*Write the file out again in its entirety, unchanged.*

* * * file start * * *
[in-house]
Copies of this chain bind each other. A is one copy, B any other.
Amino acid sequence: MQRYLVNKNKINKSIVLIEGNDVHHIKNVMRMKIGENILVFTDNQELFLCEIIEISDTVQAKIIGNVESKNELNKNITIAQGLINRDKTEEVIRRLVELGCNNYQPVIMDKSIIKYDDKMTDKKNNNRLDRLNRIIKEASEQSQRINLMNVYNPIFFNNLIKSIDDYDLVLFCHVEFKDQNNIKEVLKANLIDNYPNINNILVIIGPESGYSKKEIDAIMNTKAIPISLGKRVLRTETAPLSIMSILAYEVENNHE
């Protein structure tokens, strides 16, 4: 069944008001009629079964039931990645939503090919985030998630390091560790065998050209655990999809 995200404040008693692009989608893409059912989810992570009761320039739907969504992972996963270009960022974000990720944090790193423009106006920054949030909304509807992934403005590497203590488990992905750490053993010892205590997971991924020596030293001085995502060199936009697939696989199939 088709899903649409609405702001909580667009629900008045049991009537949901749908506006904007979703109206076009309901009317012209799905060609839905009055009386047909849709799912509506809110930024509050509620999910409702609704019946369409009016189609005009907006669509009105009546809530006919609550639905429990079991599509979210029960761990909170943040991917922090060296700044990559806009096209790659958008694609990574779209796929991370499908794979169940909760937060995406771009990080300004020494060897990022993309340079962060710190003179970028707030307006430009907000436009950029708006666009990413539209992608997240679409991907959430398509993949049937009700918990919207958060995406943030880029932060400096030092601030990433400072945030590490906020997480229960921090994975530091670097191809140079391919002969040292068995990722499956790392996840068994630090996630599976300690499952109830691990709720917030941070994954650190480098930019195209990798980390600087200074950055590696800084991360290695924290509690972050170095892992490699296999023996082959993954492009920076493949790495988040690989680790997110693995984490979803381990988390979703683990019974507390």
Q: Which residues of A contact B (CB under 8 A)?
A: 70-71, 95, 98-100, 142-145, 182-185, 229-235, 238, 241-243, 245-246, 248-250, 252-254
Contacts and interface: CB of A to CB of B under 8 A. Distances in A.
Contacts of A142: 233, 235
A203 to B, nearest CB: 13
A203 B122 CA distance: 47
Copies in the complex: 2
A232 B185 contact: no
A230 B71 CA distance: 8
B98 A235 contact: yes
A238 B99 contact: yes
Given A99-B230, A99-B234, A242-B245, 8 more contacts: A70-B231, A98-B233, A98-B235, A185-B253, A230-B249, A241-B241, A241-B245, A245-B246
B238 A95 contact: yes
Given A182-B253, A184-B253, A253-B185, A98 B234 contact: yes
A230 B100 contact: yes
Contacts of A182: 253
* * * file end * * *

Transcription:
[in-house]
Copies of this chain bind each other. A is one copy, B any other.
Amino acid sequence: MQRYLVNKNKINKSIVLIEGNDVHHIKNVMRMKIGENILVFTDNQELFLCEIIEISDTVQAKIIGNVESKNELNKNITIAQGLINRDKTEEVIRRLVELGCNNYQPVIMDKSIIKYDDKMTDKKNNNRLDRLNRIIKEASEQSQRINLMNVYNPIFFNNLIKSIDDYDLVLFCHVEFKDQNNIKEVLKANLIDNYPNINNILVIIGPESGYSKKEIDAIMNTKAIPISLGKRVLRTETAPLSIMSILAYEVENNHE
């Protein structure tokens, strides 16, 4: 069944008001009629079964039931990645939503090919985030998630390091560790065998050209655990999809 995200404040008693692009989608893409059912989810992570009761320039739907969504992972996963270009960022974000990720944090790193423009106006920054949030909304509807992934403005590497203590488990992905750490053993010892205590997971991924020596030293001085995502060199936009697939696989199939 088709899903649409609405702001909580667009629900008045049991009537949901749908506006904007979703109206076009309901009317012209799905060609839905009055009386047909849709799912509506809110930024509050509620999910409702609704019946369409009016189609005009907006669509009105009546809530006919609550639905429990079991599509979210029960761990909170943040991917922090060296700044990559806009096209790659958008694609990574779209796929991370499908794979169940909760937060995406771009990080300004020494060897990022993309340079962060710190003179970028707030307006430009907000436009950029708006666009990413539209992608997240679409991907959430398509993949049937009700918990919207958060995406943030880029932060400096030092601030990433400072945030590490906020997480229960921090994975530091670097191809140079391919002969040292068995990722499956790392996840068994630090996630599976300690499952109830691990709720917030941070994954650190480098930019195209990798980390600087200074950055590696800084991360290695924290509690972050170095892992490699296999023996082959993954492009920076493949790495988040690989680790997110693995984490979803381990988390979703683990019974507390």
Q: Which residues of A contact B (CB under 8 A)?
A: 70-71, 95, 98-100, 142-145, 182-185, 229-235, 238, 241-243, 245-246, 248-250, 252-254
Contacts and interface: CB of A to CB of B under 8 A. Distances in A.
Contacts of A142: 233, 235
A203 to B, nearest CB: 13
A203 B122 CA distance: 47
Copies in the complex: 2
A232 B185 contact: no
A230 B71 CA distance: 8
B98 A235 contact: yes
A238 B99 contact: yes
Given A99-B230, A99-B234, A242-B245, 8 more contacts: A70-B231, A98-B233, A98-B235, A185-B253, A230-B249, A241-B241, A241-B245, A245-B246
B238 A95 contact: yes
Given A182-B253, A184-B253, A253-B185, A98 B234 contact: yes
A230 B100 contact: yes
Contacts of A182: 253